Rice is grown on a wider range of soils than any other major crop. Deepwater rice, however, is mainly restricted to the level or slightly undulating floodplains and deltas, which are seasonally flooded for 3–6 mo. More than 90 per cent of the deltaic soils of Asia are basically suitable for rice, as they are weakly aerated, have slow permeability and capillary rise, have poor structure and are often underlain by a plough pan (NDDT, 1974a). The soils are of various ages and are usually complex and diverse, particularly in river floodplain areas. Many of these alluvial sediments have undergone little soil formation; their texture varies from medium to fine and is usually more coarse on natural levees and finer in the depressions and backswamps. Prolonged flooding causes profound chemical changes in the soil, most of which are beneficial, and renders the physical properties and tilth of lesser importance. Although many deep-water rice soils are fertile, several types of adverse soils occur.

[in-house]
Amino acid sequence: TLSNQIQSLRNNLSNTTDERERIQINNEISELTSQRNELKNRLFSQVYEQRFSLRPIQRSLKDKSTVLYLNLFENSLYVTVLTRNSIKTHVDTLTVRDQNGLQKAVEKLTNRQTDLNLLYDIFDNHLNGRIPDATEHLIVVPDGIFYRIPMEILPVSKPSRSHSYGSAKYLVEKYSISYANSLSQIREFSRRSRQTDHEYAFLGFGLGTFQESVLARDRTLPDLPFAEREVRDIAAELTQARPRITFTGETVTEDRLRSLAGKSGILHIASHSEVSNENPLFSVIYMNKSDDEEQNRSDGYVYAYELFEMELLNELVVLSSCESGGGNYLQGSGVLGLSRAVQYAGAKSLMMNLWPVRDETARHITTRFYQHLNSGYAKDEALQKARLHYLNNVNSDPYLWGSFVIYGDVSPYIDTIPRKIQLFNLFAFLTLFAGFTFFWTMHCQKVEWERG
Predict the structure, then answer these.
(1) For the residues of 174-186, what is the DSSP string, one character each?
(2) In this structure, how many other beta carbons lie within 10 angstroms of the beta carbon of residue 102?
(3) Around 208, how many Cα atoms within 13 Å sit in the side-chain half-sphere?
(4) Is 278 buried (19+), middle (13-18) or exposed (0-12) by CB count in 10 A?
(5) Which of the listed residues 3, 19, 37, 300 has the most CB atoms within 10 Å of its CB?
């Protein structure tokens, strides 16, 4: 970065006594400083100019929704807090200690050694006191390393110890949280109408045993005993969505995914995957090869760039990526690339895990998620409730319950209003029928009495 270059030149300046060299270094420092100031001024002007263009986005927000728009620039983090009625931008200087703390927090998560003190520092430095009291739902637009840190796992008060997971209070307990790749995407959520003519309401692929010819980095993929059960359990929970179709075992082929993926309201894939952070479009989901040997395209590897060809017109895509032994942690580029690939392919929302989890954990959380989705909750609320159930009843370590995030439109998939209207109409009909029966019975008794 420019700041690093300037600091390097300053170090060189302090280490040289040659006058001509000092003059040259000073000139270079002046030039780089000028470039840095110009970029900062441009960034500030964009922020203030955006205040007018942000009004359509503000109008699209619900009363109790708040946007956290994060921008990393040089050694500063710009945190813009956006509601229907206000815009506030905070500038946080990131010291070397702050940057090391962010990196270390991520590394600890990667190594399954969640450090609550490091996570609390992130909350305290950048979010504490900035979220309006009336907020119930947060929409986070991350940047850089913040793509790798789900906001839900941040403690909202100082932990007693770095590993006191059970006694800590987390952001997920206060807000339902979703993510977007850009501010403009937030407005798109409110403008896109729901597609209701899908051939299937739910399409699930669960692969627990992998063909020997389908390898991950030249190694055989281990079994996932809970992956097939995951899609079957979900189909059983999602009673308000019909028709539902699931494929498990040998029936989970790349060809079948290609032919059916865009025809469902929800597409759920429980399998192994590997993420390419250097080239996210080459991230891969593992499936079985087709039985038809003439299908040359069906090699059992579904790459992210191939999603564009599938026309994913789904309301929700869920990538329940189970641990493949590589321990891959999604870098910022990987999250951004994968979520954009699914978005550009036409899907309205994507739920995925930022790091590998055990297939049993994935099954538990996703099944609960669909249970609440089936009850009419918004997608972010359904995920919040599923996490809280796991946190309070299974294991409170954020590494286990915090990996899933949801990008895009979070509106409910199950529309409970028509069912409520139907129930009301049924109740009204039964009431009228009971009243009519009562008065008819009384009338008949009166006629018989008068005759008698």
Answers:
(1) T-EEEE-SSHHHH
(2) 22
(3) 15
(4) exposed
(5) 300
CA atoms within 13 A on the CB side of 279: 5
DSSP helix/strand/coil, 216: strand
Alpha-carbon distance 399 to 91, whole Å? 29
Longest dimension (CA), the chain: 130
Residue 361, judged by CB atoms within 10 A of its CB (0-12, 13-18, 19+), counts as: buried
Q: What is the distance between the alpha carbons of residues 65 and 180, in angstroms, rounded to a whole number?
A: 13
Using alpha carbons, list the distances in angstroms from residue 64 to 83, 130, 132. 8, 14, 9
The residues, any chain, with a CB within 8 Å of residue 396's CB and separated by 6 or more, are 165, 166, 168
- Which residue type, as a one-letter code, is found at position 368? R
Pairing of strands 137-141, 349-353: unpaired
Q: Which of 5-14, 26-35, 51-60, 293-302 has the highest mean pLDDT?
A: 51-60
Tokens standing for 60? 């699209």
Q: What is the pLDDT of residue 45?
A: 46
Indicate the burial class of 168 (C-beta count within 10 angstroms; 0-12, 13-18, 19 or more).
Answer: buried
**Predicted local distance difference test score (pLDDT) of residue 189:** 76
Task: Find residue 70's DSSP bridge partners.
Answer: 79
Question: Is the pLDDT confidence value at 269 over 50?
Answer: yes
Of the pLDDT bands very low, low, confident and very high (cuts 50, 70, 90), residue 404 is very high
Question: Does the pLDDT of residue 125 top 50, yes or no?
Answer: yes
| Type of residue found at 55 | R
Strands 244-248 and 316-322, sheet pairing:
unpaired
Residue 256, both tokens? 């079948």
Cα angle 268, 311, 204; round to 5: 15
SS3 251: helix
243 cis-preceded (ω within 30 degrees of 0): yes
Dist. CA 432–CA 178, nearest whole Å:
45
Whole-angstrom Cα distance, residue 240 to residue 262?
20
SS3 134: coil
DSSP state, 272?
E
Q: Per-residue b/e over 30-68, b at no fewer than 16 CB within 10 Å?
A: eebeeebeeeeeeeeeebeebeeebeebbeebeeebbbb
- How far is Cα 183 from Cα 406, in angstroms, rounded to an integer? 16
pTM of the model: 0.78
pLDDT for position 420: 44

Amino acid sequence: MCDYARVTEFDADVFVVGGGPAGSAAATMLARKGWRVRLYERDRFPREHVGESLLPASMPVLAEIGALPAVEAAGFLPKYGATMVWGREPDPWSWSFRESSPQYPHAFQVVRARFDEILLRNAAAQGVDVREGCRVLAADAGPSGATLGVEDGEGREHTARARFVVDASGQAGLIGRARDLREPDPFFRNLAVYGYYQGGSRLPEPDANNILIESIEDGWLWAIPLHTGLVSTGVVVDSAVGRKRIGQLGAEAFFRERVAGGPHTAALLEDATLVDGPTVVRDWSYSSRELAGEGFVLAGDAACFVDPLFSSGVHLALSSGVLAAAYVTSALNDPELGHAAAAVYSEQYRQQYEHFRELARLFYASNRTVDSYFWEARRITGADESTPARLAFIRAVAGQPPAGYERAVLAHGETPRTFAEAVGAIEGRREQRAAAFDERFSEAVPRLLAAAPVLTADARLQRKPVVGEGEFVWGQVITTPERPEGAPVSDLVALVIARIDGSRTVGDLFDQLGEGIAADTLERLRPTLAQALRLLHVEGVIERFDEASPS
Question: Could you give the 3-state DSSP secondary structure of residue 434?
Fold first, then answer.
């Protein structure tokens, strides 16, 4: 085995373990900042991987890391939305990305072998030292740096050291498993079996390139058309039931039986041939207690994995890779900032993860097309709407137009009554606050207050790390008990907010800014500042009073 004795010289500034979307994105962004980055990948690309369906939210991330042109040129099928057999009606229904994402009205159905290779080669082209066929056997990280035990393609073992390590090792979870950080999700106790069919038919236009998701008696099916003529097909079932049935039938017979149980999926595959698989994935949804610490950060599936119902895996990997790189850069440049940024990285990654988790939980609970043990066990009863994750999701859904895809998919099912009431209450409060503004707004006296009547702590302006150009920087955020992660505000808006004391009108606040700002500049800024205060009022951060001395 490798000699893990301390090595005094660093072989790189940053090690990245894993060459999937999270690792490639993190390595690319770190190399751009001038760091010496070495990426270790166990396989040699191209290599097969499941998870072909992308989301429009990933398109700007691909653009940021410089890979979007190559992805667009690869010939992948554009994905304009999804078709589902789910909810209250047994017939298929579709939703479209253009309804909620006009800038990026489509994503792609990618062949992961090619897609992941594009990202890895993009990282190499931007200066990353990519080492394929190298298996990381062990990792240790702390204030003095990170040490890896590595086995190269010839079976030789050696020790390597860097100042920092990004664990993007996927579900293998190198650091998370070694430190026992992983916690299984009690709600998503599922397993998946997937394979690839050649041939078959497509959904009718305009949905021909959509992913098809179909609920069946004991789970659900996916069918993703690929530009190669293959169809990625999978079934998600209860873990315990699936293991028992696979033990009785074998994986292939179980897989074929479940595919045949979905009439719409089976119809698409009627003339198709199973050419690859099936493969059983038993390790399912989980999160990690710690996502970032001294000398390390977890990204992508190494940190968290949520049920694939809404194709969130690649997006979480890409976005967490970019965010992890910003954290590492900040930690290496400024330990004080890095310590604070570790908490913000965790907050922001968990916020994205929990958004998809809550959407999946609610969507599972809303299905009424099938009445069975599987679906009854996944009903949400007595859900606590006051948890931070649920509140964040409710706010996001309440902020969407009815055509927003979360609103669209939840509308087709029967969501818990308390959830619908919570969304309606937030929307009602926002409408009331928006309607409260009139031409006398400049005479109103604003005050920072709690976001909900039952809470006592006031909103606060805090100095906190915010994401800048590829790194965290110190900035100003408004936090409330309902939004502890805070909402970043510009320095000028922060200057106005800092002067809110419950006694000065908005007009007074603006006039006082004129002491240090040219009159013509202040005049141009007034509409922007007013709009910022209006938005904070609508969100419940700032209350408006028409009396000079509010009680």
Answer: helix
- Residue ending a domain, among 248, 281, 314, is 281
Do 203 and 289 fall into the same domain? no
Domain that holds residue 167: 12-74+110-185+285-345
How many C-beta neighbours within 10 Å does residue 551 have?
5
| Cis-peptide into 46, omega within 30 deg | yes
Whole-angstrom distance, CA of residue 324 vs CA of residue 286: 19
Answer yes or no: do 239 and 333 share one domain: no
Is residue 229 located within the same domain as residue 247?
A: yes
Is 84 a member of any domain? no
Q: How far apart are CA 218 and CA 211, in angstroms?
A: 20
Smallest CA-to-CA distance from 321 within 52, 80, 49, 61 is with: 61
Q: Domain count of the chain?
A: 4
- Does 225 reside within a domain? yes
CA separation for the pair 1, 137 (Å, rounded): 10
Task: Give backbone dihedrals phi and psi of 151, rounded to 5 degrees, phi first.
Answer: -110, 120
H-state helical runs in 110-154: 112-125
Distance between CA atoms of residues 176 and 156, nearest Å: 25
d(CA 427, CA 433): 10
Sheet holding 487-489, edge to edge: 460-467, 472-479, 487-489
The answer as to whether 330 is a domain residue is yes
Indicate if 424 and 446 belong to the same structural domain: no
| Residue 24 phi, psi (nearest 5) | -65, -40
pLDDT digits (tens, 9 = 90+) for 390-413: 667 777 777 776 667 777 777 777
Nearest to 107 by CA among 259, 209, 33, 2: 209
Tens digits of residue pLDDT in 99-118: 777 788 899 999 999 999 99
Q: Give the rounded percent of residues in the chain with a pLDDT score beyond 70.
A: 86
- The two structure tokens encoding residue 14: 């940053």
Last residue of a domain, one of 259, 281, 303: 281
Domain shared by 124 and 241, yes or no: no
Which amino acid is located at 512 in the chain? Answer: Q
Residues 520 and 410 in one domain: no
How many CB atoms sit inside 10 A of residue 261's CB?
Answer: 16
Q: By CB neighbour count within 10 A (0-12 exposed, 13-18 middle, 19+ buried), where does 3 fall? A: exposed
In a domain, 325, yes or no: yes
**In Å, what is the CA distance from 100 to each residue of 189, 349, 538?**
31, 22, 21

KeywordsPeat Soil Mekong Delta Floodplain Soil Rice Soil Acid Sulphate Soil
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